a reasonable jury to return a verdict for the nonmoving
party. Id. A principal purpose of summary judgment
is “to isolate and dispose of factually unsupported
claims.” Celotex Corp. v. Catrett, 477 U.S.
317, 323-24 (1986).
determining summary judgment, a court uses a burden-shifting
scheme. The moving party must first satisfy its initial
burden. “When the party moving for summary judgment
would bear the burden of proof at trial, it must come forward
with evidence which would entitle it to a directed verdict if
the evidence went uncontroverted at trial.” C.A.R.
Transp. Brokerage Co. v. Darden Rests., Inc., 213 F.3d
474, 480 (9th Cir. 2000) (citation and internal quotation
marks omitted). In contrast, when the nonmoving party bears
the burden of proving the claim or defense, the moving party
can meet its burden in two ways: (1) by presenting evidence
to negate an essential element of the nonmoving party's
case; or (2) by demonstrating that the nonmoving party failed
to make a showing sufficient to establish an element
essential to that party's case on which that party will
bear the burden of proof at trial. Celotex Corp.,
477 U.S. at 323-24.
moving party fails to meet its initial burden, summary
judgment must be denied and the court need not consider the
nonmoving party's evidence. Adickes v. S.H. Kress
& Co., 398 U.S. 144 (1970). If the moving party
meets its initial burden, the burden then shifts to the
opposing party to establish a genuine issue of material fact.
Matsushita Elec. Indus. Co. v. Zenith Radio Corp.,
475 U.S. 574, 586 (1986). To establish the existence of a
factual dispute, the opposing party need not establish a
material issue of fact conclusively in its favor. It is
sufficient that “the claimed factual dispute be shown
to require a jury or judge to resolve the parties'
differing versions of the truth at trial.” T.W.
Elec. Serv., Inc. v. Pac. Elec. Contractors Ass'n,
809 F.2d 626, 631 (9th Cir. 1987). In other words, the
nonmoving party cannot avoid summary judgment by relying
solely on conclusory allegations unsupported by facts.
Taylor v. List, 880 F.2d 1040, 1045 (9th Cir. 1989).
Instead, the opposition must go beyond the assertions and
allegations of the pleadings and set forth specific facts by
producing competent evidence that shows a genuine issue for
trial. Fed.R.Civ.P. 56(e); Celotex Corp., 477 U.S.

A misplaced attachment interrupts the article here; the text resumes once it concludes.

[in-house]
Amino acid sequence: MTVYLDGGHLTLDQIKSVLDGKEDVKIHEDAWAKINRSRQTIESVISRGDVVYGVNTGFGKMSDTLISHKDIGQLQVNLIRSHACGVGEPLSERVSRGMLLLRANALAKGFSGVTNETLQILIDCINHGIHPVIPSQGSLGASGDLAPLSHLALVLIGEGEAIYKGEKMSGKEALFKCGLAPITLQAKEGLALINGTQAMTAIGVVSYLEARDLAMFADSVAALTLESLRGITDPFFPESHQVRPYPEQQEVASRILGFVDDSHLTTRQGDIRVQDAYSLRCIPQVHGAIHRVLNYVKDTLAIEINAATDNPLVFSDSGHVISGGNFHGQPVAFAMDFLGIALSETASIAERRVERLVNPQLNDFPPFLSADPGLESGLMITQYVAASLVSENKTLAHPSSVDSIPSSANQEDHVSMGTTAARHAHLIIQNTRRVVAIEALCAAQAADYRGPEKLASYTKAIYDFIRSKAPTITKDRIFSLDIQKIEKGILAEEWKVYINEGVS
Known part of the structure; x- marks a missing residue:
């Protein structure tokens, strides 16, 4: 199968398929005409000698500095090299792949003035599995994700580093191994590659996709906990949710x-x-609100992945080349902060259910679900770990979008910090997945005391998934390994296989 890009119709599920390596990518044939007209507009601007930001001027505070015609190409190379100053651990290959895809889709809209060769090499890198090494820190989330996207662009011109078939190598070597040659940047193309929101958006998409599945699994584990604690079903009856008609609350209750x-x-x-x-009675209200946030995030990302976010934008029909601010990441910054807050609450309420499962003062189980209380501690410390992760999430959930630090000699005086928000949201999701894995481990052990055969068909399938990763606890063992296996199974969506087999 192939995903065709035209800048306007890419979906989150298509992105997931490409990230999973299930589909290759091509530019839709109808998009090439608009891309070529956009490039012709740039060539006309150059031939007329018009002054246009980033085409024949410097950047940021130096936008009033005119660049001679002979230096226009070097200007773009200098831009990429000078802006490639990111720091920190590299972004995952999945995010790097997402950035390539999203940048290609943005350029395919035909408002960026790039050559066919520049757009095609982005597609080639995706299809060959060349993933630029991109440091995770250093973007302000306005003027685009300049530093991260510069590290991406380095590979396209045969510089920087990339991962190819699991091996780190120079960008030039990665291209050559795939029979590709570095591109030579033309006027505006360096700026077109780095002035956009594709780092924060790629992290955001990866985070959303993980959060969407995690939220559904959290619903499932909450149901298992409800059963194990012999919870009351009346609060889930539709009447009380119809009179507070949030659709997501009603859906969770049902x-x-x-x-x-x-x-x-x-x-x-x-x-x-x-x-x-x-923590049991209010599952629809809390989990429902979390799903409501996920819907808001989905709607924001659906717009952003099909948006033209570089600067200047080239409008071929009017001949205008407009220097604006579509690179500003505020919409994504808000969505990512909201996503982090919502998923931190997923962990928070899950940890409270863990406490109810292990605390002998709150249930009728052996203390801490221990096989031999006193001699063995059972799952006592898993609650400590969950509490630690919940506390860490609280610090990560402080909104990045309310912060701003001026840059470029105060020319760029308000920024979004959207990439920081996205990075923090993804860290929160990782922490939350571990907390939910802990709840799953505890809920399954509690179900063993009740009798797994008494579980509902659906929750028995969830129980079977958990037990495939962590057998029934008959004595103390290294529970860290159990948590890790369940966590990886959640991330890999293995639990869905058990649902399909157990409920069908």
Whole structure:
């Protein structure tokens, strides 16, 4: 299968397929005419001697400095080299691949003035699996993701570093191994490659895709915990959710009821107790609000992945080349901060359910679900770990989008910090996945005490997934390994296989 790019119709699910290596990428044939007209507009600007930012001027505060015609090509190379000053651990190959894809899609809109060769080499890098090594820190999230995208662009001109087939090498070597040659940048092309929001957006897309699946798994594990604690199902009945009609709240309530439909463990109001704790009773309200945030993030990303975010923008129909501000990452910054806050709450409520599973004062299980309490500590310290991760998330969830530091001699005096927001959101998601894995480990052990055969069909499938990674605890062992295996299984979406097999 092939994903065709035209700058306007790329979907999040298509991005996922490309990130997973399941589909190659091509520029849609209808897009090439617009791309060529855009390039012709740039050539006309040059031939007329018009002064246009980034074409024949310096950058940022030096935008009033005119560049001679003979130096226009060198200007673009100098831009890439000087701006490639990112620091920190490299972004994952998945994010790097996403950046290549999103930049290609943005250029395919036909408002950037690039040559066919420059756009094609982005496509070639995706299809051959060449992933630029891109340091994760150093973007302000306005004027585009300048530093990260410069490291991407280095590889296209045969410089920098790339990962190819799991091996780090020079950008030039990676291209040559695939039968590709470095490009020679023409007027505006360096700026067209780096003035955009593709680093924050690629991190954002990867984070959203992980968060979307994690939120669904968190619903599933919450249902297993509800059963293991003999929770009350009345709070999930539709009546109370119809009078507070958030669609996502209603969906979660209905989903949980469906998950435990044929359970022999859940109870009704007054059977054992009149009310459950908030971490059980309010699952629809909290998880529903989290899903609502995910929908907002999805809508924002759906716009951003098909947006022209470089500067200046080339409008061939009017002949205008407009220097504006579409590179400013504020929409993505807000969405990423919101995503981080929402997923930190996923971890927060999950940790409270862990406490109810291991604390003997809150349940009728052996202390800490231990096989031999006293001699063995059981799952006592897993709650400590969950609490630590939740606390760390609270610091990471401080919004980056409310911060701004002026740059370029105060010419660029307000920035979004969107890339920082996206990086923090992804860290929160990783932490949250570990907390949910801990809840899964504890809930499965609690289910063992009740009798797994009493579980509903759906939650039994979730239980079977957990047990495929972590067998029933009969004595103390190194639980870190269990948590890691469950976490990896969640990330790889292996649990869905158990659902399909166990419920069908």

summary judgment stage, a court's function is not to
weigh the evidence and determine the truth, but to determine
whether there is a genuine issue for trial.
Anderson, 477 U.S. at 249. The evidence of the
nonmovant is “to be believed, and all justifiable
inferences are to be drawn in his favor.” Id.
at 255. But if the evidence of the nonmoving party is merely
colorable or is not significantly probative, summary judgment
may be granted. Id. at 249-50. Notably, facts are
only viewed in the light most favorable to the nonmoving
party where there is a genuine dispute about those facts.
Scott v. Harris, 550 U.S. 372, 380 (2007). That is,
even if the underlying claim contains a reasonableness test,
where a party's evidence is so clearly contradicted by
the record as a whole that no reasonable jury could believe
it, “a court should not adopt that version of the facts
for purposes of ruling on a motion for summary
notes that Plaintiff's ADA claim is based on the alleged
discrimination against her son by failure to provide him a
FAPE, specifically, failure to provide him with audiobooks or
a professional assistant rather than giving him help by
reading with other children. LCSD first argues that Plaintiff
failed to exhaust administrative remedies, which is a
requirement under § 1415(1) when the crux of the
complaint is failure to provide a FAPE, no matter what
statute is invoked. Fry v. Napolean Cnty. Sch.
Dist., 137 S.Ct. 743, 754 (2017). In other words, if
administrative remedies under § 1415(1) were not
exhausted, the action may not proceed on a
failure-to-provide-a-FAPE theory, even under the ADA. LCSD
admits there have been three due process ...